Monday, January 11, 2016

The Word "Study," Part 2, and How I Was Checked at my Own Game



“Check!”  I said, looking across the chess board at my twelve-year-old nephew last New Year’s Eve.
Our game of chess had been long and now, my nephew’s king, double-checked by both a knight and a bishop, rendered him unable to move.  David had tired of the long game and actually welcomed the opportunity to lose. 
Life, however, is not a game of chess.  But some similarities exist.  If, for example, we were playing against “Life’s future,” believing that God controls every future moment as He has our past, we might plan our moves based on what we believe God will do next in our lives, having seen many other lives “played out” before us.  But when God checks us at our own game, we usually don’t feel too overjoyed to have our ideas come to completion.  Perplexed, we wonder why He’s moved thus in our lives.  And we often doubt His goodness. 
Quietness.  That was what I was to pursue, according to I Thessalonians 4:11.  That is what I was to follow and vie for and compete for in life.  But when I was checked in my own game of life by none other than the hand of God, I found a quiet heart eluding me.  I found worry becoming my normative reality instead of walking the quiet way that God had intended.  This check on my spirit revealed itself in numerous ways.  I saw, for instance, my own internal spirit chafing:  that was not a quiet heart.  I found myself wearing a cloak of fear:  that was not a quiet heart.  And as I mulled over my unsettled spirit, I realized it all had to do with the fact that my idea of God’s will for my life and God’s idea for His will for my life were polar opposites.
Indeed, God hadn’t worked in my life the way I thought He would.  After getting saved as a young child, I had dedicated my life to the Lord at the age of six.  I wasn’t quite sure how God would use me, but I had a list of desires; at the top of that list was to be in full-time Christian ministry.  In my elementary years, I was enamored by the thought of being an evangelist’s wife.  Later, I thought a pastor’s wife would be ideal; come high school, I was convinced God had me designated to the high calling of missionary on some remote corner of the globe, translating Bibles, teaching my children at home, watching them develop inquisitive minds, and excel in music and linguistics.  These were all beautiful desires and, I was convinced, the best possible plan for a person in my shoes.  I’d read oodles of missionary biographies as a child and, with a world shaped by the deeds of others, I thought surely I, too, would have a book to write of my own one day, for I would have lived and walked with Christ and been a role model for people of the ages to follow, like William Carey and Mary Slessor and Adoniram Judson, and so many more.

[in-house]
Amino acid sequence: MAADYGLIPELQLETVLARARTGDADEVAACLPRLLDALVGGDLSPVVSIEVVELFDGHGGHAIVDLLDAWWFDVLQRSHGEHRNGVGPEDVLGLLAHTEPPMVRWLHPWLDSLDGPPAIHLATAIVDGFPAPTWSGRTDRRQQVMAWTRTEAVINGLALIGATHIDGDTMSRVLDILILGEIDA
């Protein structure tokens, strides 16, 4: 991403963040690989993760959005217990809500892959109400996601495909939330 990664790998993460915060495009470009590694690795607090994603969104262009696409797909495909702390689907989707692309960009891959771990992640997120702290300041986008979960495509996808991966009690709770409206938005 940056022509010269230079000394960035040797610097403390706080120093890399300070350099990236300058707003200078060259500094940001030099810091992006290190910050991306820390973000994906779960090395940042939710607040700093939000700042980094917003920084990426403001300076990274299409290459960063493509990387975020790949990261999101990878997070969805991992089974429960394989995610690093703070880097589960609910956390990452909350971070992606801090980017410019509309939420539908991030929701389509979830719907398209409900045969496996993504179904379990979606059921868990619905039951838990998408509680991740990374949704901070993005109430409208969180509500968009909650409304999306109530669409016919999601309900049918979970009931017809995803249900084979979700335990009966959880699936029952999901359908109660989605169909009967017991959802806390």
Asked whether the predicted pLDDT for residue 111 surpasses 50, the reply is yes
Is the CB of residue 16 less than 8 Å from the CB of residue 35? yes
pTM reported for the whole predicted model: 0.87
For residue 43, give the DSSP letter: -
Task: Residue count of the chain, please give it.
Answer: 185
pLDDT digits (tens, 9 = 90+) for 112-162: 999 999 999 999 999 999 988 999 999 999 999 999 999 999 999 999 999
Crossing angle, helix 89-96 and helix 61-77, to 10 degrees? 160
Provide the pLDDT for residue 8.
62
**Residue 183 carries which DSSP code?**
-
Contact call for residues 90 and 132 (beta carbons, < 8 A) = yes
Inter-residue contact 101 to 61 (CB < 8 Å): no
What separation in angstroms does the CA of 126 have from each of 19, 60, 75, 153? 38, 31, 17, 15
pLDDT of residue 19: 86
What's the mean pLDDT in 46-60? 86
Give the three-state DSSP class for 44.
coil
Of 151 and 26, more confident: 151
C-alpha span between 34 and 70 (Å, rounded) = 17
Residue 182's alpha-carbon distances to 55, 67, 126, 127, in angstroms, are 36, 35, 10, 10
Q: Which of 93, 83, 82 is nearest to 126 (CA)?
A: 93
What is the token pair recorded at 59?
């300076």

But reality did not turn out as my dreams imagined it would.  My notion of surrender was passing before my eyes as vapor rising from a pond in autumn.  And these lovely ideals continued to alter as I progressed through life, so that by the time I was 29, my life looked nothing like my imagined picture of it.  This was the age David Brainerd had died—and had left a legacy, too.  John and Betty Stam had been martyred at this age, but what did I have to show for my 29 years?  I was enjoying my life, but my dreams lay buried in the sand. 
I knew the Lord and wanted to be used of God—but so often felt that I was missing out on something and, deep down, wondered if God had somehow made a mistake.  When I went to pick up a young girl for church, who lived in a ramshackle house with dilapidated furniture, I considered her plight and that of her big sister, who had just run off and gotten pregnant and wondered. . . . why do those who refuse God get the privilege of raising children when their hearts aren’t even surrendered to God and they don’t even have as their primary desire to raise little ones for His glory?
Boiling it all down, I really wanted be a mom.  My life focus and energy had been steered that direction.  My college major had always been with the intention of, “until I’m married and have children.”  At 29, I was biding my time at a Christian school, working in ministry every day of my life but waiting for the big moment when I would meet that missionary, marry, and head to the foreign field.  The next year, I met the man who would be my husband and soon we were married.  Finally!  I thought, I would be able to settle down and have children, a husband in full-time ministry, and a home of my own, where I would be able to raise children for God, the occupation I felt was God’s highest calling for women.